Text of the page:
Tuesday, October 27, 2009

Do's and Don'ts When Researching The Living

Readers who have been following the series of posts about Marjorie Pauline Frost understand that there are certain challenges involved when attempting to locate living persons and perhaps subsequently writing about them on your blog.

While the research techniques may be the same or similar to those used when looking for our dead ancestors, there are certain approaches which work the best, and certain precautions which should be heeded.

Public vs. Private Information

As genealogists, most of us understand the need to protect private information especially for living persons.  This is why we often privatize GEDCOM files before posting them on websites, etc.  The same is true when attempting to locate living persons especially in a public, collaborative space such as Facebook or Twitter.
  • Keep private info private.  Don't post names, addresses (including email addresses), and telephone numbers of living persons publicly.  On Twitter don't tweet publicly, use the Direct Message option.  On Facebook send an email, don't post such info on The Wall.
  • Link where possible.  Although the data might be publicly available through a "people finder" site such as ZabaSearch, post a link to the page, not the data found on the site.
  • Twitter: follow the leader.  If using Twitter, appoint one person as the collector of "leads" and have others participating in the research direct message the data to that person.
  • Facebook: this group is closed.  If using Facebook, use a closed group and monitor access,  This allows you to post data and control who can and can't see the data.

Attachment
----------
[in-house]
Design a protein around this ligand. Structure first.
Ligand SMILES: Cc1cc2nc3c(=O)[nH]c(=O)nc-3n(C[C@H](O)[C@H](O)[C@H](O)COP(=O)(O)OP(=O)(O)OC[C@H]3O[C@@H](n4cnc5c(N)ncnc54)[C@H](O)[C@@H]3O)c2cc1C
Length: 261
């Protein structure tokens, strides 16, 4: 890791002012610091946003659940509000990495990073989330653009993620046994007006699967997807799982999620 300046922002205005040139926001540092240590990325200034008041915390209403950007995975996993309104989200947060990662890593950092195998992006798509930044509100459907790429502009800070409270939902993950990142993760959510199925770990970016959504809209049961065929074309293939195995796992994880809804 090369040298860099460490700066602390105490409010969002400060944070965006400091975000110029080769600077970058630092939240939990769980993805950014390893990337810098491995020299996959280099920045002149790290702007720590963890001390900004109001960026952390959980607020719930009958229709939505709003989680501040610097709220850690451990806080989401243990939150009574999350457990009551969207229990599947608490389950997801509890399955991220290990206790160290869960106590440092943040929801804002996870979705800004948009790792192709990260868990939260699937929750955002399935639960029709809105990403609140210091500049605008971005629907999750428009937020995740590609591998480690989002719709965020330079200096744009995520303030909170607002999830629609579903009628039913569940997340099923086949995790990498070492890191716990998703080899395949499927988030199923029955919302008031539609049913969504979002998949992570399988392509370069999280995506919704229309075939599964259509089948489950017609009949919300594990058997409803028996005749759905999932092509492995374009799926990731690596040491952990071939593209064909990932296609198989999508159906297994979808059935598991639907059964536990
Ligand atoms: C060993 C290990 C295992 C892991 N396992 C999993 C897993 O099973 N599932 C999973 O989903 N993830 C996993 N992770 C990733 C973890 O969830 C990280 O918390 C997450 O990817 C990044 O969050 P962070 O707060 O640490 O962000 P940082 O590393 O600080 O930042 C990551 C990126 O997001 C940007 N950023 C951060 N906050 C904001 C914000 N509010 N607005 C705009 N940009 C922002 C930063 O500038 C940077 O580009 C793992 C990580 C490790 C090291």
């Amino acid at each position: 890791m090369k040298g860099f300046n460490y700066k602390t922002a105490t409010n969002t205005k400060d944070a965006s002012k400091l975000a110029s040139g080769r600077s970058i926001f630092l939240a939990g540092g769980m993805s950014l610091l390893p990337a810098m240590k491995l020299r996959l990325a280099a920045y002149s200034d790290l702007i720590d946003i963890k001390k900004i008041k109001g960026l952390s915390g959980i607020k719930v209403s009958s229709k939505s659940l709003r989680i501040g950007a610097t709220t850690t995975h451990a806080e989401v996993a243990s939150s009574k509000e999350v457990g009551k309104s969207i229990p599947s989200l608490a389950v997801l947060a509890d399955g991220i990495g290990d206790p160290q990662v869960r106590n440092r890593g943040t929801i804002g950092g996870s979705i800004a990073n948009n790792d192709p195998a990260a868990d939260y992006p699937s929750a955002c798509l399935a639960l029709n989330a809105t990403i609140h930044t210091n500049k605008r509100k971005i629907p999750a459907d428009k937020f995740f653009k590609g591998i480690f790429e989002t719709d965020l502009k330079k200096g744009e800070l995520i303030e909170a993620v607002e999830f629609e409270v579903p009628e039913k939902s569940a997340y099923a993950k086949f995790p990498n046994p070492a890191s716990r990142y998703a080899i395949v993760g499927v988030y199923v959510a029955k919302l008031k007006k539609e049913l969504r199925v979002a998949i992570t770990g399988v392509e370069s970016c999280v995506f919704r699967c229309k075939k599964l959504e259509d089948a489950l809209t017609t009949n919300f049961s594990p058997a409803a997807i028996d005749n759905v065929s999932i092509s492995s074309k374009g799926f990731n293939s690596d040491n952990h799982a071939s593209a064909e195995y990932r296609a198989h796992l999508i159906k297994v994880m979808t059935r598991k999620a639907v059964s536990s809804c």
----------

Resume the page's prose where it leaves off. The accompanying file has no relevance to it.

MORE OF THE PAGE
Contacting Living Persons
  • Expect hesitancy.  While contacting living people via telephone is preferred, understand that the person who answers might feel you are a scammer.  Consider sending an email with links to your blog or website in order to build legitimacy.  Or send a letter using the snail mail method, providing the recipient with your contact information.  Let them contact you if and when they feel comfortable.
  • Expect to be rejected.  Some people are distanced from their families for a reason, and at their own choosing.  Respect their desires without judging.
Be Careful What You Write

If you decide to document your research experience, understand that while you can't defame the dead, you can be accused of defamation and/or libel when posting information about the living especially if it is untrue.
  • Just the facts ma'am.  While blogs are often forums for personal views and free speech, play it safe and avoid injecting opinion when posting the facts which can be publicly located about a person.  Don't let your personal judgments get in the way.  Let readers come to their own conclusions.
  • Do your own research.  When I locate family tree data online, I always try to verify the information even if it is properly sourced and cited.  The same goes for supposedly public information on living persons.  Don't just copy from another site or blog without knowing the source of the data.
  • Consider the source.  Just as in genealogy research, certain sources are better than others and carry more weight.  Some sources may not be useful or may be biased.  When in doubt, don't include the fact if you don't feel comfortable with the reputation of the source.
  • Admit when you are wrong.  If after posting you realize you made an error in research or stating a fact - make a correction.  And make the correction obvious - don't just edit the original post.  Some bloggers will use the "strikethrough" function and add an update in bold at the top of the original post explaining the edit.
© 2009, copyright Thomas MacEntee

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